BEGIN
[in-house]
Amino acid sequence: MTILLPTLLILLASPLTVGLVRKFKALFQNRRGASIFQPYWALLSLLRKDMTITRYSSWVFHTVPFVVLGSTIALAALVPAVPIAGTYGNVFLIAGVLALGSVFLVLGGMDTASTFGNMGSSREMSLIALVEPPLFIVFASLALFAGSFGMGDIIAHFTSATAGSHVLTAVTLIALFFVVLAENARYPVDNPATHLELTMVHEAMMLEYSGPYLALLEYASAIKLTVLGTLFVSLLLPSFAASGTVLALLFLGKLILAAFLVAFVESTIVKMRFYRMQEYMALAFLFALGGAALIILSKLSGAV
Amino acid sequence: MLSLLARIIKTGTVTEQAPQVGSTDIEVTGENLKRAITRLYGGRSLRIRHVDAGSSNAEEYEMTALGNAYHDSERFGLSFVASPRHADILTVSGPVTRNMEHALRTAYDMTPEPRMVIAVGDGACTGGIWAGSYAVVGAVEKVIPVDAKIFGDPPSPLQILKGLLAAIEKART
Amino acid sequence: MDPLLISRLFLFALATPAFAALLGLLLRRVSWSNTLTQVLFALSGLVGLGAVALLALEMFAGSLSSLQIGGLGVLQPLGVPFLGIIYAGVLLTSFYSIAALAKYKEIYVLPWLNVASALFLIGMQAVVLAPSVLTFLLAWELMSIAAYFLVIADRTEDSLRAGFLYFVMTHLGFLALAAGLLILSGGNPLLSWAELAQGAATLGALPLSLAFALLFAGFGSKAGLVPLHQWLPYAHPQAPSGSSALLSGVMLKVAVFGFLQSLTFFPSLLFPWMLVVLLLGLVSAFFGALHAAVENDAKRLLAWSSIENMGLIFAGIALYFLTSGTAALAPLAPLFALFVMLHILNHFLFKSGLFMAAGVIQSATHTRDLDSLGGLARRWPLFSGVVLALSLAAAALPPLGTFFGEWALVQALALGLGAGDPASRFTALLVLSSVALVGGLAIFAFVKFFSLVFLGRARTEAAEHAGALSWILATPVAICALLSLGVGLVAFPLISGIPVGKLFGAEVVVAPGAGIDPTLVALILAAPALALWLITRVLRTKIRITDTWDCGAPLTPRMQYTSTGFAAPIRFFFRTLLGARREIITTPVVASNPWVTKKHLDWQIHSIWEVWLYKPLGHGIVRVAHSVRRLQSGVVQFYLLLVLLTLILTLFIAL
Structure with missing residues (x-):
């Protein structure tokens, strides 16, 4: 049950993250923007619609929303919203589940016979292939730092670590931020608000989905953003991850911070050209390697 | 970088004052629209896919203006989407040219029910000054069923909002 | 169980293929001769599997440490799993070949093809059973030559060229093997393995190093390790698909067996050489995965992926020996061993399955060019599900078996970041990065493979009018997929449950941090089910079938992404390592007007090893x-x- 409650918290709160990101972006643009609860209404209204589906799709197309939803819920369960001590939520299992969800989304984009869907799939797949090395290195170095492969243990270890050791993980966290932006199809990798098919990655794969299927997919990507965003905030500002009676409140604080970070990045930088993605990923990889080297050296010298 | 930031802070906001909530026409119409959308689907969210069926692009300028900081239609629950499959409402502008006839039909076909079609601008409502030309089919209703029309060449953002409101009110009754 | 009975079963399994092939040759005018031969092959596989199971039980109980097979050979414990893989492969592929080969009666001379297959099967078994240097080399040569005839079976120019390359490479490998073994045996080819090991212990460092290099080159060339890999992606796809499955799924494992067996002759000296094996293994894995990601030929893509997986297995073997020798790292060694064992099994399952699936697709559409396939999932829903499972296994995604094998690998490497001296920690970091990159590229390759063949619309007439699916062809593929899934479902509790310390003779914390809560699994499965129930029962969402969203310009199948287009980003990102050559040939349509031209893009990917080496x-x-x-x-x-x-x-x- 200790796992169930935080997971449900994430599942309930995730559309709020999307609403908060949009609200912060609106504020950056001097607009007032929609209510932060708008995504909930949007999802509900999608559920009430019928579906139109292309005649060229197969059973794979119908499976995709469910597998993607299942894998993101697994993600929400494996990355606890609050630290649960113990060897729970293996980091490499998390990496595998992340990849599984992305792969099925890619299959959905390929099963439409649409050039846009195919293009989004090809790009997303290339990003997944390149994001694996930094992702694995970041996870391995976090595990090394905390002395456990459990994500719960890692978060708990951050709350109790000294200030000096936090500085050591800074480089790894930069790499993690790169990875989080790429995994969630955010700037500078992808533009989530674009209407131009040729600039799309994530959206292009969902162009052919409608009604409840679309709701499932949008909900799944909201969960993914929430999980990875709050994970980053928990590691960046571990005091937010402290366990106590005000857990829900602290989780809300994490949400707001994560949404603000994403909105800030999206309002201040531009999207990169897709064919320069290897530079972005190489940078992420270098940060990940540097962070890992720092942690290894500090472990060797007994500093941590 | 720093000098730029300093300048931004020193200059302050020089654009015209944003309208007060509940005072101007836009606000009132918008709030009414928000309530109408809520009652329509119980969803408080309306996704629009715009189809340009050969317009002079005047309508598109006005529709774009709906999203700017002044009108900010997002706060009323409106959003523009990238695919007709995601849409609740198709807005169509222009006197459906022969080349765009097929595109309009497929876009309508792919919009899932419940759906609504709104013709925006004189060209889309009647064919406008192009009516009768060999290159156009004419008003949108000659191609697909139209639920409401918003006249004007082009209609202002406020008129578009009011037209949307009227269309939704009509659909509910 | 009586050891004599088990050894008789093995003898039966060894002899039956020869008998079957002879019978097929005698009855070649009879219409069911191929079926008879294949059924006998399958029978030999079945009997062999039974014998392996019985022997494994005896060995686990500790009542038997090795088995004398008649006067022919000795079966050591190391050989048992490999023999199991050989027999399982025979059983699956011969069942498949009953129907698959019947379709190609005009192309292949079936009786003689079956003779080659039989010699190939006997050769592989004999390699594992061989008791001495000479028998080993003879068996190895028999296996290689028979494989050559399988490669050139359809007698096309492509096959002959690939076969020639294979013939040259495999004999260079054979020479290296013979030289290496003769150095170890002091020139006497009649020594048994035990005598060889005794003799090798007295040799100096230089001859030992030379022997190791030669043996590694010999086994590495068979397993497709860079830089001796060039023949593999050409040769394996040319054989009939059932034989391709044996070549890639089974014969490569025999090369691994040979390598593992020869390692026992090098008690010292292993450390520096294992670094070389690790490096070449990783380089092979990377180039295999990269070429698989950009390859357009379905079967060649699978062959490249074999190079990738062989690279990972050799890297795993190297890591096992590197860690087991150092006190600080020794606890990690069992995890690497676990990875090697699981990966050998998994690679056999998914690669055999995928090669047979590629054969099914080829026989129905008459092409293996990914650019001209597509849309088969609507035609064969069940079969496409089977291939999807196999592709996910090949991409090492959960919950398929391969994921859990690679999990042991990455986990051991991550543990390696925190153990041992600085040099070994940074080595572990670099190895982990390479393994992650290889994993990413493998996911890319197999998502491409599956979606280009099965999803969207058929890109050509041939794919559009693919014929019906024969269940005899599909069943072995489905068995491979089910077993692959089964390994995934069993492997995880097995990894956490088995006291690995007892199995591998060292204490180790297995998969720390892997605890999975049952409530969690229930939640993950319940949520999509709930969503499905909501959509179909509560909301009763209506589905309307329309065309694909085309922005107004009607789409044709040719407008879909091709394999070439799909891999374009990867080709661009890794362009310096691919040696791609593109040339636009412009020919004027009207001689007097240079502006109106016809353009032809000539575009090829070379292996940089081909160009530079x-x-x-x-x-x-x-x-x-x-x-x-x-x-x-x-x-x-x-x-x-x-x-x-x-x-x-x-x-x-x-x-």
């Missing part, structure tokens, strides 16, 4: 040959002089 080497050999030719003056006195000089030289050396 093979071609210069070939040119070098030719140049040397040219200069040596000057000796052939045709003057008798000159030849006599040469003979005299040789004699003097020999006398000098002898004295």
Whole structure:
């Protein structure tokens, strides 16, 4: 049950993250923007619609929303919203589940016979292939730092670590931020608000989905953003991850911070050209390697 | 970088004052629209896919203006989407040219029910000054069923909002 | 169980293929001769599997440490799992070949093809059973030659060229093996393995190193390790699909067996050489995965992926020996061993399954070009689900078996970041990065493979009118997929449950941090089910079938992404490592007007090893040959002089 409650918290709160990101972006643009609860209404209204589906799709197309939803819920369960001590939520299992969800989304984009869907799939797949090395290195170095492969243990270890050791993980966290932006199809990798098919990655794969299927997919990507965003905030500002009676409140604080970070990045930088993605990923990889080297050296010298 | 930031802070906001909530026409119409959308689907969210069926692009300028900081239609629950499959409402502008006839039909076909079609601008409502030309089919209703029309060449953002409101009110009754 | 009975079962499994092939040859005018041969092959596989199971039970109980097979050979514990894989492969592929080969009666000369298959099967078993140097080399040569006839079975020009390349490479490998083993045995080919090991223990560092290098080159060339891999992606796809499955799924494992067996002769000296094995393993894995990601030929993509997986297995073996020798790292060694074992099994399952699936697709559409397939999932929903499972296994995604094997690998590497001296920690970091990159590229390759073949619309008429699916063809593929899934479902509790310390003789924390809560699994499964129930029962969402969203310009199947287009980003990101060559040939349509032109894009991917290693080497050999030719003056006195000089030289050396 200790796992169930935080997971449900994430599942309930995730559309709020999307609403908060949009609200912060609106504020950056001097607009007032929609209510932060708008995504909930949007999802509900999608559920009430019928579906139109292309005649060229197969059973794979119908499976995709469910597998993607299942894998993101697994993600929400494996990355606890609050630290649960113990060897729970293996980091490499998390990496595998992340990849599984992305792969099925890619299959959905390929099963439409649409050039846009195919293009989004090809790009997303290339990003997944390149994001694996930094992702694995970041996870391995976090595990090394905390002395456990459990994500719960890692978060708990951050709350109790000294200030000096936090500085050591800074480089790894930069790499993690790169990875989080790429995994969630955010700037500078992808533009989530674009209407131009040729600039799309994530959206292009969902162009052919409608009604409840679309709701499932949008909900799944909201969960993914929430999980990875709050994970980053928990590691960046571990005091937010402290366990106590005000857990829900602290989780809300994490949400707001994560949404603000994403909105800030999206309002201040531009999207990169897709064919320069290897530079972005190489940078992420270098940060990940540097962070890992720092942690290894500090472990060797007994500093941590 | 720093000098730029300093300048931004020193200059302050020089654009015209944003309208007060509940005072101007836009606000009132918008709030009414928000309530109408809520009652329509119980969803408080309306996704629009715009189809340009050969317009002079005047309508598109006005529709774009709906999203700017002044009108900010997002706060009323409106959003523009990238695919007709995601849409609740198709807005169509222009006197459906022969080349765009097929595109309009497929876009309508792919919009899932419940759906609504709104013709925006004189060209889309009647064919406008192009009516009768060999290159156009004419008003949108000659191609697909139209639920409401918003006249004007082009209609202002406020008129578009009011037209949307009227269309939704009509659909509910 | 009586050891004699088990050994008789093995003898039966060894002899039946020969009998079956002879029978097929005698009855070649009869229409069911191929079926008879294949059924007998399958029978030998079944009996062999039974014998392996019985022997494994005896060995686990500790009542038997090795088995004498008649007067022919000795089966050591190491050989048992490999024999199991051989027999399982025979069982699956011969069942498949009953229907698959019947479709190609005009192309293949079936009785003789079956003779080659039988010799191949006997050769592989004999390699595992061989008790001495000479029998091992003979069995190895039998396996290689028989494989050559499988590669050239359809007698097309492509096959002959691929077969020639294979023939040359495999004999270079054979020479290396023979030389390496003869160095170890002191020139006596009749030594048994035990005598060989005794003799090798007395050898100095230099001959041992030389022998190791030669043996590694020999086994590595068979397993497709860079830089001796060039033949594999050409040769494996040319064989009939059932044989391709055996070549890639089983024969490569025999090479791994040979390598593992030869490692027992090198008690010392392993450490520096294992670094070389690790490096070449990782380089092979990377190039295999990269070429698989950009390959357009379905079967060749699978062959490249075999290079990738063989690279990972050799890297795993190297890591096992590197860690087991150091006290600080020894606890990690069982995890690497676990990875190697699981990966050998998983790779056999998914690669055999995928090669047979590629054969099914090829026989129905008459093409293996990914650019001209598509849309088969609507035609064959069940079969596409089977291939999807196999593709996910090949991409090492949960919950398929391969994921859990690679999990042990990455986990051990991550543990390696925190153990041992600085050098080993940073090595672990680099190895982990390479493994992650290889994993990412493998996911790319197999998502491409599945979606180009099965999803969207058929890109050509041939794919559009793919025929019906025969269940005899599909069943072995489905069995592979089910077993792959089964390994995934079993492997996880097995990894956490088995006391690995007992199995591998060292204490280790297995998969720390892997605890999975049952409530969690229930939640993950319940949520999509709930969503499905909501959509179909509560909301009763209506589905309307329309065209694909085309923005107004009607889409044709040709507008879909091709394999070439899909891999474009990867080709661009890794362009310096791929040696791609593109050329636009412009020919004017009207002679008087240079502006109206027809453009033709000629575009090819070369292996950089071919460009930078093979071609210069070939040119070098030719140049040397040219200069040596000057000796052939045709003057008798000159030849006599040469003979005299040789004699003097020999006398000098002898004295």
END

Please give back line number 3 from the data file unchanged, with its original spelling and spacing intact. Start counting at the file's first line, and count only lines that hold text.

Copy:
Amino acid sequence: MLSLLARIIKTGTVTEQAPQVGSTDIEVTGENLKRAITRLYGGRSLRIRHVDAGSSNAEEYEMTALGNAYHDSERFGLSFVASPRHADILTVSGPVTRNMEHALRTAYDMTPEPRMVIAVGDGACTGGIWAGSYAVVGAVEKVIPVDAKIFGDPPSPLQILKGLLAAIEKART